Do Androids Dream of Electric Sheep? starts to ask these questions at the same time as HAL 9000 was giving Dave Bowman a hard time (something episode four will take a closer look at).  To me, that dives at the heart of great science fiction: the question of what it means to be human.  Without getting into my own philosophy on the nature and evolution of AI, i’ll leave it to Batman TAS which asks if these sorts of creations have “a soul of silicon, but a soul nonetheless.”

In the episode’s creepiest segment, android designer David Hanson describes “bio-inspired engineering.”  This multi-disciplinary approach to design allows people like him to create exceedingly lifelike replicas (Replicants?) of humans.  Within his workshop, festooned with pieces parts of androids like heads and hands covered in “frubber” (face-rubber designed to simulate flesh), Hanson demonstrated his favorite creation – a Philip K. Dick android.  My first thought upon seeing the mechanical visage was that Dick would likely freak the hell out were he to come face-to-artificial-face with his own doppelganger, and not just because of the “uncanny valley.”  Paranoid to begin with, the idea that he could be replaced by a facsimile would likely cause some sort of episode.

When human features look and move almost, but not exactly, like natural human beings, it causes a response of revulsion among some human observers

When human features look and move almost, but not exactly, like natural human beings, it causes a response of revulsion among some human observers

With his prophetic sci-fi cred established, the episode proceeds to delve into the man himself to reveal the source of his lifelong interest into the nature of memory and reality.  The source for much of his inquisitiveness lies his relationship with a twin sister who died weeks after being born.  However, throughout his life, Dick continues to have visions of her so vivid that he begins to question what it means to be human, in terms of what our brains <think> they know.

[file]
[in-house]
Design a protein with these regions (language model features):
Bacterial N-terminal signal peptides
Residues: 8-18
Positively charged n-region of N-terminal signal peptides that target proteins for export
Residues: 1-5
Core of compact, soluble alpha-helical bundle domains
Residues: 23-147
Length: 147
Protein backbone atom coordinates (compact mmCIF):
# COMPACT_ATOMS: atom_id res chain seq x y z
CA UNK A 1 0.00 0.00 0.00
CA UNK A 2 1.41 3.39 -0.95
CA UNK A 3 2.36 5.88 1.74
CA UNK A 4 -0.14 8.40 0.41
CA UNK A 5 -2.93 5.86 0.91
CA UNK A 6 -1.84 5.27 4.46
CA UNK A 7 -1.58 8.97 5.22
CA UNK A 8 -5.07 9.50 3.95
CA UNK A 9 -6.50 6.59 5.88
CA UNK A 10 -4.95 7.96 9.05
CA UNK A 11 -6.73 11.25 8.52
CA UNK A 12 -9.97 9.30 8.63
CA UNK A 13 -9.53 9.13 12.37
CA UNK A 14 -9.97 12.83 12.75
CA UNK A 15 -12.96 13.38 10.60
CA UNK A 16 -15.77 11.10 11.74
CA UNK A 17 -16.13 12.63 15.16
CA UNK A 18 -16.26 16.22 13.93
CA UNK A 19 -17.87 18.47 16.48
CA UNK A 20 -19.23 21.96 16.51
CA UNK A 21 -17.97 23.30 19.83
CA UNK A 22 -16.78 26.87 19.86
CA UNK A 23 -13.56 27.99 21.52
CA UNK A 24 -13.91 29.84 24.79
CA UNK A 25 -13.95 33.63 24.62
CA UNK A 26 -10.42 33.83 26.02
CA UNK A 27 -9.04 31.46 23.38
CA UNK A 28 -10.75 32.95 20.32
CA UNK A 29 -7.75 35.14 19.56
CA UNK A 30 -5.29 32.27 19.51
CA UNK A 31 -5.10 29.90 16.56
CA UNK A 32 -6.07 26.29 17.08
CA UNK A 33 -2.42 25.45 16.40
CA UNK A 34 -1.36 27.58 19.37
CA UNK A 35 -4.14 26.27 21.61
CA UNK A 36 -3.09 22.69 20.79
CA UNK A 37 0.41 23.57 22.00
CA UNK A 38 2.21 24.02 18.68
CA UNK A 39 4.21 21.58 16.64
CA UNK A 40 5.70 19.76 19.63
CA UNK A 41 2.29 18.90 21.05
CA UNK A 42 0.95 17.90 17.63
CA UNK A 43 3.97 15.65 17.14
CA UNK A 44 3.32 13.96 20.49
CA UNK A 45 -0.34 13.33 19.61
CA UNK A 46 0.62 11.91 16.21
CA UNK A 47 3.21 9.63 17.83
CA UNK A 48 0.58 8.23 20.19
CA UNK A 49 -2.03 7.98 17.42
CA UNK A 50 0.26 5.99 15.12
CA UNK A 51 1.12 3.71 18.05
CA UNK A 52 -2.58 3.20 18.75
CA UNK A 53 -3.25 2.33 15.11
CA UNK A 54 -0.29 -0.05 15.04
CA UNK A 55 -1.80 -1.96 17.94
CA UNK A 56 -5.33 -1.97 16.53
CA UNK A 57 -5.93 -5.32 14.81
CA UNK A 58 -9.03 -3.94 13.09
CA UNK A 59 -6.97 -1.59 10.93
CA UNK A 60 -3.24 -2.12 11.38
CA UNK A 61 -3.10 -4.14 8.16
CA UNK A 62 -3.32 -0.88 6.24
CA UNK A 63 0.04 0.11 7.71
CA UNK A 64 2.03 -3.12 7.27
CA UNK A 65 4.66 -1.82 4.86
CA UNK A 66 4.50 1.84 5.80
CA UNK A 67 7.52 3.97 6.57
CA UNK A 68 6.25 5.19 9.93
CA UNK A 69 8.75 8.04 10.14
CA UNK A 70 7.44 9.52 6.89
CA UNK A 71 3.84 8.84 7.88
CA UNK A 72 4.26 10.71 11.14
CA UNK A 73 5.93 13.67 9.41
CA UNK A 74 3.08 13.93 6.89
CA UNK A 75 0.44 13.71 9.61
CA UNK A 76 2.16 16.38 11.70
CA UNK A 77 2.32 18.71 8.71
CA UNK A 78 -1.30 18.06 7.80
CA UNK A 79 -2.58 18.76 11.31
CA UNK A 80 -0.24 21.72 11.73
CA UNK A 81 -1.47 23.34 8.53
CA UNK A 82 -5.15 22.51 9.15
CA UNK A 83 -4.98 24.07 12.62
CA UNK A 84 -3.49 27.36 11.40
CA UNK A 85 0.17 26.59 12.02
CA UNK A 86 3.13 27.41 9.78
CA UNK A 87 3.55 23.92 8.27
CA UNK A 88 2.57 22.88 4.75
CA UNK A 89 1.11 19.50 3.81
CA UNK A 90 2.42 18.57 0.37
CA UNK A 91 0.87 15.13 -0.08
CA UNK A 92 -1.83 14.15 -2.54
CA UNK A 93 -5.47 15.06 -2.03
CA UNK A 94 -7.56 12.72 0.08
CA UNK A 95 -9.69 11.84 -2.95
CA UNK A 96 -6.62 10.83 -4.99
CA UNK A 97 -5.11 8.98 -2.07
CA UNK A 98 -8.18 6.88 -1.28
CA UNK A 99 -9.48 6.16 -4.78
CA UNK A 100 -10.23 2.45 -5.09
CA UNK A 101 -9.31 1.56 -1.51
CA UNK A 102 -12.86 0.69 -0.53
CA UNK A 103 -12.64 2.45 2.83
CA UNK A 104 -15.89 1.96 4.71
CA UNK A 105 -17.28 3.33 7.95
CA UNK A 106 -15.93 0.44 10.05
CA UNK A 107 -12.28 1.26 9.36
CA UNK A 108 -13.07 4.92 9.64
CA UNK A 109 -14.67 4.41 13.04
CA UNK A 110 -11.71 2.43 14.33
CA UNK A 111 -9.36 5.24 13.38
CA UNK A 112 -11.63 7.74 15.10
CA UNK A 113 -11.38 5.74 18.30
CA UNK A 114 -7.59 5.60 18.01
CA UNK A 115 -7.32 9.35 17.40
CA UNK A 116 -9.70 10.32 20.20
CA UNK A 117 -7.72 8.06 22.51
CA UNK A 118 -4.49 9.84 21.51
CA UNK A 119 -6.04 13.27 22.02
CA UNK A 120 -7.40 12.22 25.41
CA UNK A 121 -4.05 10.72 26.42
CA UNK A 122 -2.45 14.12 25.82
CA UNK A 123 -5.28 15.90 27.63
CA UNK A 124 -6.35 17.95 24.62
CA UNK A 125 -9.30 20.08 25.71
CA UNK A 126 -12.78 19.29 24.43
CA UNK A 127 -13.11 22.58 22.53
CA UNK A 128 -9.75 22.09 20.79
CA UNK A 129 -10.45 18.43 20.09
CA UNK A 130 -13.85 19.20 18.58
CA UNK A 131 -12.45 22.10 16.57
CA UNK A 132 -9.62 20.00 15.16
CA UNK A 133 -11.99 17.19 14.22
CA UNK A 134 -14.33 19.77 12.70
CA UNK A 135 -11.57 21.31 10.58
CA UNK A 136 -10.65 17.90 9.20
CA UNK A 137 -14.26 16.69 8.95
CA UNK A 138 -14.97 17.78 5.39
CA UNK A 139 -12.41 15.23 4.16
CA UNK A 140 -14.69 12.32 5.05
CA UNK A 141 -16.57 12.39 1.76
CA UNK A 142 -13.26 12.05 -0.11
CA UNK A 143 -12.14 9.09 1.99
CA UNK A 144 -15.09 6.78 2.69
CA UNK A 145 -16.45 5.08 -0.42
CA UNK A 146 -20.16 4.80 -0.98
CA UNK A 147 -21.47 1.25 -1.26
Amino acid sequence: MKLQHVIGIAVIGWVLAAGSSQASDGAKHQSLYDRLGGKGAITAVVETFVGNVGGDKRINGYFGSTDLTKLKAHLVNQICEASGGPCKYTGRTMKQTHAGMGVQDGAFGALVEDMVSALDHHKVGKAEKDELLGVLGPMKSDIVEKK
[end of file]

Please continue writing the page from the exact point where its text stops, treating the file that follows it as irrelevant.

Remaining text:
Taking this into consideration, his stories have a tragic element to them.  His characters, who often ask what makes them who they or discover that what they knew was false, are his way of imagining a world where his sister is still alive.  We’ll Remember It For You Wholesale, upon which the film(s) Total Recall were based, technology changes our perception of the truth. Maybe, underneath the paranoid laden fantasy, is a man who only wishes to live in a reality where his perceptions feel more real and less like a delusion – a convincing reality based on memory, whether real or not.  Neurobiologist Andre Fenton, who describes the process and perception of memory, suggests that this isn’t so far fetched.

Although the episode went on to discuss several other stories, it did not mention my favorite Philip K. Dick stories The Penultimate Truth and Flow My Tears, the Policeman Said In our current climate of 24-hour news, political mistrust and seemingly endless wars, the former spoke to me most clearly…and it had some time travel, too.  Likewise, our culture fascination with fame coupled with the power of our digital lives makes the latter a chilling examination of how a virtual presence can sometimes be more important than a physical one.  These would have been great topics to cover as well, but the episode focused primarily on his stories that were adapted to film, including A Scanner Darkly and the others i’ve mentioned.

The Religious Experience of Philip K. Dick by R. Crumb from Weirdo #17

The Religious Experience of Philip K. Dick by R. Crumb from Weirdo #17

The episode also discusses a profound moment in Dick’s life – documented artistically but underground comic artist R. Crumb.  Answering a knock at his door from a woman passing out Christian literature door-to-door, Dick is struck by a pink beam of light while speaking with her. Afterwards, he experiences hallucinations and periodic visions that he perceives come from a trans-temporal intelligence.  Sounds kooky, i know, but at one point it does result in taking preemptive action that saves his son’s life.  And provides geeks like me with enjoyable reading material for years, to boot.